Thursday, 2 July 2015
After the horror of my last adventure on a commercial fishery, I decided to head back into the wilderness this week, where a man is free to shoot animals, burn meat and climb hills without being disturbed. You might see a few sun-burned pensioners, cretinous foreigners and boy scouts up here too, but Dartmoor truly belongs to our military elite and the rather sadistic training exercises I tend to set. You see, I usually come up here for the distinct pleasure of watching young recruits sweat and burn while running it twenty miles across the moor with a standard issue rifle and rucksack. But actually, these days I prefer a spot of trout fishing.
Damn it all to hell, you can stuff your manicured commercial carp holes, give me real fishing any day of the week. Give me rocks, bogs and bracken. Give me my hip flask, a fly rod, a dated Ordnance Survey map and an unlicensed firearm.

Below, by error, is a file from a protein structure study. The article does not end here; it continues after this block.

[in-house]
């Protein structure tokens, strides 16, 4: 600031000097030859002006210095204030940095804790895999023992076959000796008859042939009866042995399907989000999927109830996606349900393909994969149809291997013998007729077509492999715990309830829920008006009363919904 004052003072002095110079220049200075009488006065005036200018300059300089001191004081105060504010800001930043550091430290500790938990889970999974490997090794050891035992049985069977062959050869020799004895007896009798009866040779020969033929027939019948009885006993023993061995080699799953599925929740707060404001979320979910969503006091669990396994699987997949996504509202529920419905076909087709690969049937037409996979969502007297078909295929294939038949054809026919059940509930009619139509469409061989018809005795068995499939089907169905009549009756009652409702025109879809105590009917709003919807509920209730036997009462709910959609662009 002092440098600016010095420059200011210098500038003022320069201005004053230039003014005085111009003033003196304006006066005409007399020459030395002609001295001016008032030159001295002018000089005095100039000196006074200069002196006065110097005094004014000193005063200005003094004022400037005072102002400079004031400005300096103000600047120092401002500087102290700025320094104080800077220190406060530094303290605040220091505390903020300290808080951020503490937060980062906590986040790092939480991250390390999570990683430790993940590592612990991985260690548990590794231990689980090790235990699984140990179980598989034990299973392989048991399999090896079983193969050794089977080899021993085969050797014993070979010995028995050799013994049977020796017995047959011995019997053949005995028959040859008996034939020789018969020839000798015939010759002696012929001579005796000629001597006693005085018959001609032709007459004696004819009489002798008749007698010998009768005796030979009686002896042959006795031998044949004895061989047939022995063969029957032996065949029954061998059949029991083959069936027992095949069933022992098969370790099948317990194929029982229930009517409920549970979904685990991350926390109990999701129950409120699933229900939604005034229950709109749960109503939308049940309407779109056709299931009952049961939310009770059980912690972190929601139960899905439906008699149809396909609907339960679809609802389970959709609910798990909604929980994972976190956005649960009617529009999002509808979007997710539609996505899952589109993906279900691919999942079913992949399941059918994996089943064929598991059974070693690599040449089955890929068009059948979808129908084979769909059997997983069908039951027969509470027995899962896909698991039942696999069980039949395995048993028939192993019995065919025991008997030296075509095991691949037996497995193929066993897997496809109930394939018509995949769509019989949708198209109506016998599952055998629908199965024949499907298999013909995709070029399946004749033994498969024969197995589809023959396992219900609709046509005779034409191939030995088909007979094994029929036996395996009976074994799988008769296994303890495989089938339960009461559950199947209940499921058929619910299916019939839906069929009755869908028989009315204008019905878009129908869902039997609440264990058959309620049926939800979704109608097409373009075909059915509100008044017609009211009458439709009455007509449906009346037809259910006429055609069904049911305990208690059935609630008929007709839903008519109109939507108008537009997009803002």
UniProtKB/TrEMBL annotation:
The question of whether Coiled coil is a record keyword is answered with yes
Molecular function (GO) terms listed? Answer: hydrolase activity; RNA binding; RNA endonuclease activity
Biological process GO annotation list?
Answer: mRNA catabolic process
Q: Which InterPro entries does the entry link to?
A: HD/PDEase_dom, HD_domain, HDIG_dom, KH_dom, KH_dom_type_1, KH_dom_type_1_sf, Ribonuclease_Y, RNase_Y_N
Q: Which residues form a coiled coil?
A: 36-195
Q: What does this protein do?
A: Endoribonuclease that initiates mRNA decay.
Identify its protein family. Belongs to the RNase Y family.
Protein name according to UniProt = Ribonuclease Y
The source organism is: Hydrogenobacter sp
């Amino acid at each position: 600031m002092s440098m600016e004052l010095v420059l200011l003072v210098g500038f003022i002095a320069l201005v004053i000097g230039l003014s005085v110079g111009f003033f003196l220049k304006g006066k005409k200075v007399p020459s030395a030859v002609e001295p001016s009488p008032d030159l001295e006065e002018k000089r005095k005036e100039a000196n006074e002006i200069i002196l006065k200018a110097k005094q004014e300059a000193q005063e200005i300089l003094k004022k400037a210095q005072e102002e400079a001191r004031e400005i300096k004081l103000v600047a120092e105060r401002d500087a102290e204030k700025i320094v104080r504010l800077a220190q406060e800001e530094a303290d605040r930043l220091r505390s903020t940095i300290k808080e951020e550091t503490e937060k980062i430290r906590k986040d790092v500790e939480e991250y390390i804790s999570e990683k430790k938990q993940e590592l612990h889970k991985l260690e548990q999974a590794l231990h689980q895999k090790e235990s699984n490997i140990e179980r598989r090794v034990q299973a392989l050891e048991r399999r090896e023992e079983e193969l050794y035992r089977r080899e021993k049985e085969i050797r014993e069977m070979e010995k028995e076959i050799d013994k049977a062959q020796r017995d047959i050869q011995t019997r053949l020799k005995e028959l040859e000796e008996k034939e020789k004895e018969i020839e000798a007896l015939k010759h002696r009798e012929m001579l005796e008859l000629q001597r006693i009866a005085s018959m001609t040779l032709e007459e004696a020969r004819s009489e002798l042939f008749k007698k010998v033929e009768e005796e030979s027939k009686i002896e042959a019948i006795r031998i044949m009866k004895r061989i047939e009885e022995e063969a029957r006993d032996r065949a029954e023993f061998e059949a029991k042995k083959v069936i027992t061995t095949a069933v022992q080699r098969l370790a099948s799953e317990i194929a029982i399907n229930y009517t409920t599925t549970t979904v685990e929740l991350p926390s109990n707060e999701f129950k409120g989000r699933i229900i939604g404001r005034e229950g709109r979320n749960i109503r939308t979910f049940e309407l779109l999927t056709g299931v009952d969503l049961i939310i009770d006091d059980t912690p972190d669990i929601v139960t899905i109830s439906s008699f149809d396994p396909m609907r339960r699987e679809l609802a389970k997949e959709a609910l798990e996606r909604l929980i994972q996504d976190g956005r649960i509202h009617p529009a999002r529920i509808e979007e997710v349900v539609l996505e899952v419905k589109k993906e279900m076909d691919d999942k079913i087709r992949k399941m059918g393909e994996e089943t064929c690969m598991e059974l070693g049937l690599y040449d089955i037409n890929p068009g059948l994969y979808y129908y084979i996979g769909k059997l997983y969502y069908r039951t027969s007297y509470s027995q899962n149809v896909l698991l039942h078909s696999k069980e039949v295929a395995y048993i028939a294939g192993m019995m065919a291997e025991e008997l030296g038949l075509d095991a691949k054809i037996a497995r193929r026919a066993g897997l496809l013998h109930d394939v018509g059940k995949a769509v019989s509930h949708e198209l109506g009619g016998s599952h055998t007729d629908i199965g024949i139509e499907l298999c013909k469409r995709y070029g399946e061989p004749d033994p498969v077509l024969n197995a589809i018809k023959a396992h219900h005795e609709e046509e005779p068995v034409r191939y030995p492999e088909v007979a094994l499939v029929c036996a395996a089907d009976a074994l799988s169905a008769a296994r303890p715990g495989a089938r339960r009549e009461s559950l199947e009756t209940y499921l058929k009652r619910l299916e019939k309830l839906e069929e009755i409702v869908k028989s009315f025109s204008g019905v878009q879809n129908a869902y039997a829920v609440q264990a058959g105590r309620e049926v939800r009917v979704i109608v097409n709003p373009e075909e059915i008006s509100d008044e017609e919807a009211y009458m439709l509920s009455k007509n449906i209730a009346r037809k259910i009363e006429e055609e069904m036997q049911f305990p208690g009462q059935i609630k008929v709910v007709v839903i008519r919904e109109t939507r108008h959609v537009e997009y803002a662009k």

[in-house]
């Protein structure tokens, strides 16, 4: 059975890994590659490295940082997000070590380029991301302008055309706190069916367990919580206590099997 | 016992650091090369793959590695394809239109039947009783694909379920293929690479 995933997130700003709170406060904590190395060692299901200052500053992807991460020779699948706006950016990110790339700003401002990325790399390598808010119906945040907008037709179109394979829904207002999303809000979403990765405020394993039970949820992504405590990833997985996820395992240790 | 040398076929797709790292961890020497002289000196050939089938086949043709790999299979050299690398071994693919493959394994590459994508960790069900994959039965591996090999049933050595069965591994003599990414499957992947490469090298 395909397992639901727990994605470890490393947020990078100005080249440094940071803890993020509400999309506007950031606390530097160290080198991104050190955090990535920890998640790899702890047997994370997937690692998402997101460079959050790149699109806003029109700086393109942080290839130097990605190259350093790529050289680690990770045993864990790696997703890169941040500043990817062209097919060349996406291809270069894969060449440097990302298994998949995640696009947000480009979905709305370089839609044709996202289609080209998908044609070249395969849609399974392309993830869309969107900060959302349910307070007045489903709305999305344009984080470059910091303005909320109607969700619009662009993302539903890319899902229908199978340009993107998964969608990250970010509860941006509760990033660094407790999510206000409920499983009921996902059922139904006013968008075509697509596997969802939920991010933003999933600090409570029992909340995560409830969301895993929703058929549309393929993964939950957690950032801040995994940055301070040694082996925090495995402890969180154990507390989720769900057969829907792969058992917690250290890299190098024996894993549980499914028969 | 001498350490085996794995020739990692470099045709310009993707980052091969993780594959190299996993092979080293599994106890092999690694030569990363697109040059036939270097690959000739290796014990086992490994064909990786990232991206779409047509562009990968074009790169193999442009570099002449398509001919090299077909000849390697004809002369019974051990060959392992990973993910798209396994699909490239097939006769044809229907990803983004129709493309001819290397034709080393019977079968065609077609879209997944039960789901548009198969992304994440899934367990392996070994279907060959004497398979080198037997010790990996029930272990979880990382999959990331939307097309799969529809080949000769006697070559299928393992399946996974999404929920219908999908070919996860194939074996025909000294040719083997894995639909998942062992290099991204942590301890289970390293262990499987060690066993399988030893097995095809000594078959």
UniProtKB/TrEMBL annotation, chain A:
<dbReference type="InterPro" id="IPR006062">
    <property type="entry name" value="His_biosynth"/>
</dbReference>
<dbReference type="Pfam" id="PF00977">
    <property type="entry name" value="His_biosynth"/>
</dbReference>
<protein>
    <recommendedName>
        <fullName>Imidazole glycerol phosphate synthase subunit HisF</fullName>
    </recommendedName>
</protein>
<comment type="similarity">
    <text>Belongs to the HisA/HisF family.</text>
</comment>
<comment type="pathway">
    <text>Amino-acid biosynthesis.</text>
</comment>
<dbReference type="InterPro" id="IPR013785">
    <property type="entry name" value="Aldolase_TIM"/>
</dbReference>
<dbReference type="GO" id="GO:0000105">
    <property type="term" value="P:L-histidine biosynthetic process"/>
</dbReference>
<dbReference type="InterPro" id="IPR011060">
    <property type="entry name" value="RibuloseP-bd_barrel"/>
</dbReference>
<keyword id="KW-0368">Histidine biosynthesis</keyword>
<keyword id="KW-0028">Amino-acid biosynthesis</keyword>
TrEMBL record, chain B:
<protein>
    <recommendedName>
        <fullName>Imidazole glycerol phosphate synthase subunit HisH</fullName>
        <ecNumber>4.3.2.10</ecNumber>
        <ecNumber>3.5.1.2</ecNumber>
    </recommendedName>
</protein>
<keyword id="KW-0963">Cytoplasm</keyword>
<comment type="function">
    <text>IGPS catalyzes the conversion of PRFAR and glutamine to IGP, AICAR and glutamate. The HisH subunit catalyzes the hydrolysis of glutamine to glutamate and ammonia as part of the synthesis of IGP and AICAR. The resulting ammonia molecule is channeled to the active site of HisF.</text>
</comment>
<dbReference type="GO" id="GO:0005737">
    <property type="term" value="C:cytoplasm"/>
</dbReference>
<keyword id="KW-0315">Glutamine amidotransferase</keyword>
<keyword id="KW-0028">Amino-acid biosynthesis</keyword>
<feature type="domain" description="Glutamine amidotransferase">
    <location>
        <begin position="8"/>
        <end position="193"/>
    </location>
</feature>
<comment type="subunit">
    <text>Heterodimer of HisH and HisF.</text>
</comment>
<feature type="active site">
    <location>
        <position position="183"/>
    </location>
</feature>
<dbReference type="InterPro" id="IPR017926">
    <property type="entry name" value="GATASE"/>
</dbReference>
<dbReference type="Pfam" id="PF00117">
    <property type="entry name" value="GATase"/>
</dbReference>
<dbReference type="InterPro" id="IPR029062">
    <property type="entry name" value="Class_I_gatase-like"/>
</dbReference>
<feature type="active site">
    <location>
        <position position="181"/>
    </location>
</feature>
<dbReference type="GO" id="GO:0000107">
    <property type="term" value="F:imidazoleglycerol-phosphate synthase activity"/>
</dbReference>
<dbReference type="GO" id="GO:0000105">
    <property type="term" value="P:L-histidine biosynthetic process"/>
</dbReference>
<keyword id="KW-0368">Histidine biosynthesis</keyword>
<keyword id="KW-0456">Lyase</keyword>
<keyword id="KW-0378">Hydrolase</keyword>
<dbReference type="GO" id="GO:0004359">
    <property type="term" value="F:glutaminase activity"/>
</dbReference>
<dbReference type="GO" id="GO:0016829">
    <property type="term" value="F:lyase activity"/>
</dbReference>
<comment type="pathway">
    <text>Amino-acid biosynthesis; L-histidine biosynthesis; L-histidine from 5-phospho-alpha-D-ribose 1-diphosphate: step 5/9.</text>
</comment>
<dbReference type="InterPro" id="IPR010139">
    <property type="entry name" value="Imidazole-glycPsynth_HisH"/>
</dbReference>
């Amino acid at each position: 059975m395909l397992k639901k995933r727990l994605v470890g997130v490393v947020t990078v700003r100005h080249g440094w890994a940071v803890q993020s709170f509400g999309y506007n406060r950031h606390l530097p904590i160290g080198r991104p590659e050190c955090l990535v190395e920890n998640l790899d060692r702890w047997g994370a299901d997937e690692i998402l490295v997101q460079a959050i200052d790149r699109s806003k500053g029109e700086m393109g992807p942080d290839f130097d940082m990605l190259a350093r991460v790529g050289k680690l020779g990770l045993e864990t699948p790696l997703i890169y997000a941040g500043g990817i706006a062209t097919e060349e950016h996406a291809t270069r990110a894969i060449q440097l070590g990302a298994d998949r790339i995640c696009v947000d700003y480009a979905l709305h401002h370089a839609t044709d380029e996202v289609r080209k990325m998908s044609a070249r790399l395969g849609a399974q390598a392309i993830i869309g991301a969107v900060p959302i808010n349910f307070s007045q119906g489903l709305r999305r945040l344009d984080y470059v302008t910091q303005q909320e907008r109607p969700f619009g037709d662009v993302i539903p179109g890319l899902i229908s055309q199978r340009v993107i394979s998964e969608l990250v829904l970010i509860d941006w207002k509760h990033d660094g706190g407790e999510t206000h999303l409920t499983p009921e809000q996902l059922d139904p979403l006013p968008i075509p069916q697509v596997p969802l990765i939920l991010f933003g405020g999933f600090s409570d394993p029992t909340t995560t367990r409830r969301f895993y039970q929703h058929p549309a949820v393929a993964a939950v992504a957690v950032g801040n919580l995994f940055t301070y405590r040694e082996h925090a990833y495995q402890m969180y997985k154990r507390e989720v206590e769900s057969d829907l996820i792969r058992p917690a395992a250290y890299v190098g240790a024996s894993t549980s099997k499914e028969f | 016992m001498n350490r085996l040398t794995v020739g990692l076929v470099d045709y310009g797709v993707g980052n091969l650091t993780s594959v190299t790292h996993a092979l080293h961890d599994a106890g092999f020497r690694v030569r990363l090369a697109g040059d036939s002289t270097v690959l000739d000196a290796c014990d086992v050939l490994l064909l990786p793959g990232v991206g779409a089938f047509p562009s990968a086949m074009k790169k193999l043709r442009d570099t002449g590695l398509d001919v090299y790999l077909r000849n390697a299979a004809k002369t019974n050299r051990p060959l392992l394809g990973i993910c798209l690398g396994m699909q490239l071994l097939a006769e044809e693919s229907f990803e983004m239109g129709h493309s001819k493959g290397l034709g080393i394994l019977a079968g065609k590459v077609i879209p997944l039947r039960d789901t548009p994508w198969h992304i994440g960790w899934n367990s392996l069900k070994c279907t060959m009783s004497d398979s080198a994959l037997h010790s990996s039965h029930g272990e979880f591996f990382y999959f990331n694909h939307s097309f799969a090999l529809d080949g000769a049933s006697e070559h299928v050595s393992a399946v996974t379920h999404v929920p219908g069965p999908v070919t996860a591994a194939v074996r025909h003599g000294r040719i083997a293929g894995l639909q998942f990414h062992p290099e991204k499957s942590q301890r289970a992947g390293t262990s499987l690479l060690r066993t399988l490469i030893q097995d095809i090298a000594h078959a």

The terrain can be one of the biggest challenges, but personally I enjoy dangerous quagmires and barbed wire. They remind me of my childhood, and I have passed many happy hours in the bogs of Dartmoor. I met my wife in one, in fact, the night I was arrested near the Two Bridges Hotel, in 1973.
So anyway, where was I? Ah yes, bogs. Well, I climbed free but was absolutely bloody soaking by the time I got to the river. Grasping my rifle in one hand and my tackle in the other, I waded up to my conkers, into the River Dart.
Smart arsed angling writers and fishing guides often describe these places as "paradise" or the trout as "jewels". But they are not. These are primeval killing grounds and the trout of Dartmoor are amongst the most vicious and verminous in the world. They hide under rocks, before springing out to maim, kill and inconvenience.
After catching around seventy pathetic little trout and drinking a pint of whisky to steady my nerves, I came to a giant pool that I could never remember seeing before. I tied on the biggest dry fly in the box and aimed it into the rocky mouth. Shit the barracks, what a trout it was that seized the fly!